The short answer to this question is, “No; having just a will isn’t enough!” As a family or small business owner, you will want to understand the potentially severe consequences to your business of not having an up-to-date estate plan prepared by a competent estate planner. So, read on to learn more!
What is an Estate Plan?
Your estate is comprised of the assets, wealth and values you have acquired and set in place over your lifetime, including the business you have created with many years of hard work and dedication. Your estate is what you leave behind when you come to the end of life. Your estate plan specifies how you want all that you have created to be distributed—what goes to whom and when they are to receive it. It may also include conditions of receipt. And, of course, you want to do this with the least being taken out or paid by your heirs in legal and trustee fees, taxes, and court costs.
What’s the Difference between a Will and an Estate Plan?
There are four key differences between a will and an estate plan:
- A will generally lets you control the distribution of your assets, but not the timing. However, the court may make distribution decisions as well.
- A will is subject to probate, a court process that can tie up your assets from six months to as much as two years.
- Probate of a will goes through a state-mandated process and usually involves an attorney and a trustee, whose fees are set by the state as a percentage of the total value of your assets. In addition, there are tax consequences which may be considerably higher than those incurred in a carefully constructed estate plan.
- Your property transfer documents in a will are public, thereby giving others access to the value of your assets.
For much more on estate planning, please see What is Estate Planning?
How Do I Obtain an Estate Plan?
Estate planning involves a complex set of federal and state laws, IRS rulings and judicial interpretation that affect how assets may be held and how assets and income are treated for tax and title purposes. Estate planning relies on advisors with expertise in legal, financial, insurance and accounting/tax fields. Forming an effective estate plan is a team effort. Your estate planning advisors must work together as a collaborative team focused on your (and your partner’s) best interests.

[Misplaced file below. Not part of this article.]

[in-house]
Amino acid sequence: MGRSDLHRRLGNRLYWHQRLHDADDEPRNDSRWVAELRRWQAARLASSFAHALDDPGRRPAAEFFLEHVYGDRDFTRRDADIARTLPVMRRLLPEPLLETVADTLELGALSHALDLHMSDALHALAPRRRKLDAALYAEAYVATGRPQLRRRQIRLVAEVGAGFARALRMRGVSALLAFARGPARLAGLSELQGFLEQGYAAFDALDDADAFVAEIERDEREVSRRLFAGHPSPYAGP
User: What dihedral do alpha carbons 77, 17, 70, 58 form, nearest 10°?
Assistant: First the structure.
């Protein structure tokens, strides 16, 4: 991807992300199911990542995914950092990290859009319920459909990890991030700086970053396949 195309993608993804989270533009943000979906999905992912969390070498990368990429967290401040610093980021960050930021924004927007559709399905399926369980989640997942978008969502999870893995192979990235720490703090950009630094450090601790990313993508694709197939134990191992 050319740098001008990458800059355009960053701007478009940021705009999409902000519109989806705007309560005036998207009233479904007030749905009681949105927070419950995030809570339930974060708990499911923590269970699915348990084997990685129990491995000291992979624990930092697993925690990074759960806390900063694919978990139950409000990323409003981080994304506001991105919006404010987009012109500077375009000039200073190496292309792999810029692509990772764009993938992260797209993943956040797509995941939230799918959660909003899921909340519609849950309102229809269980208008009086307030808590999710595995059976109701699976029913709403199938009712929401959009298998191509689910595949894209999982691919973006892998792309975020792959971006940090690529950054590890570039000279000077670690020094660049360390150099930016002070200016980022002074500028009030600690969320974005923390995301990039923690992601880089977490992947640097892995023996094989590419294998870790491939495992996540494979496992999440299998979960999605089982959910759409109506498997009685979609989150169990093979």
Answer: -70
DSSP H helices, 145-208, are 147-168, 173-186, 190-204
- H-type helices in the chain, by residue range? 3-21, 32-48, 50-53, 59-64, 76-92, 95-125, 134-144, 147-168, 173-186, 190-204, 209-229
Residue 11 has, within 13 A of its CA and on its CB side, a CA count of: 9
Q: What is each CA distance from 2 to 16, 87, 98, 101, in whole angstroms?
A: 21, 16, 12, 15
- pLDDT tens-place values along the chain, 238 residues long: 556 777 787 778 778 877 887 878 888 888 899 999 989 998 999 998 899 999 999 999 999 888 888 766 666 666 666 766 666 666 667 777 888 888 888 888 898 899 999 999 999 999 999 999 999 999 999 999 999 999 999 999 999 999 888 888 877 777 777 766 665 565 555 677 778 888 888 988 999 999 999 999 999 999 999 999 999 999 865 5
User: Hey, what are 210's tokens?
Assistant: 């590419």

A qualified estate planning advisor is vital to ensuring your estate plan is comprehensive and avoids costly mistakes. Your estate planning advisor will work with other experts to ensure this. If you own a business, your final estate plan may also involve changes to your business structure, for example, and your estate planner may also work with business experts.
Estate planners commonly hold a degree in finance or law and then choose to specialize in estate planning. They often work within the financial or legal industry, either in private practice or for a larger firm. Many estate planners and personal finance experts pursue a professional certification designation, such as a Certified Estate Planner (CEP) or Certified Financial Planner (CFP).
What about My Business?
If you are a business owner, with or without partners, your business or the portion to which you have rights must also be included in your estate plan. As you work with your estate planning advisor, you may find that your business structure or operating agreement needs to be changed to accommodate your desires. You may also find that you will want to put a buy-sell agreement in place to determine what happens if your business partner passes before you do. Much more on buy-sell agreements is covered in Buy-Sell Agreements? Too Much Trouble!
As a business owner working with your estate planner, you’ll find that you will also want to consider what happens when you retire from your business and when you should start that planning. Estate planning and business retirement planning are interlinked, so it’s best to consider both at the same time. More on this is covered in Business Retirement Planning: It’s a Team Effort!
Where Do I Start?
For the small or family business owner, business retirement planning and estate planning go hand in hand and should be done concurrently and collaboratively. Consequently, you may start on “either end”—if you are already working with a qualified estate planning professional, then ask him or her to help you find a business retirement coach/expert to join the team. Otherwise, you may start with a business retirement coach/expert who will ensure that your retirement team includes an estate planner and all the other experts needed for your particular situation.
When Do I Start?
Now! Because our time of passing is not predictable, the best time to start planning is now. This will give you the comfort and peace of mind that you have provided well for your family whenever this crucial moment might occur.
Congratulations on taking the right steps to ensure your wishes and desires are carried out with the greatest return to your family—and your business partners—at the time of your passing.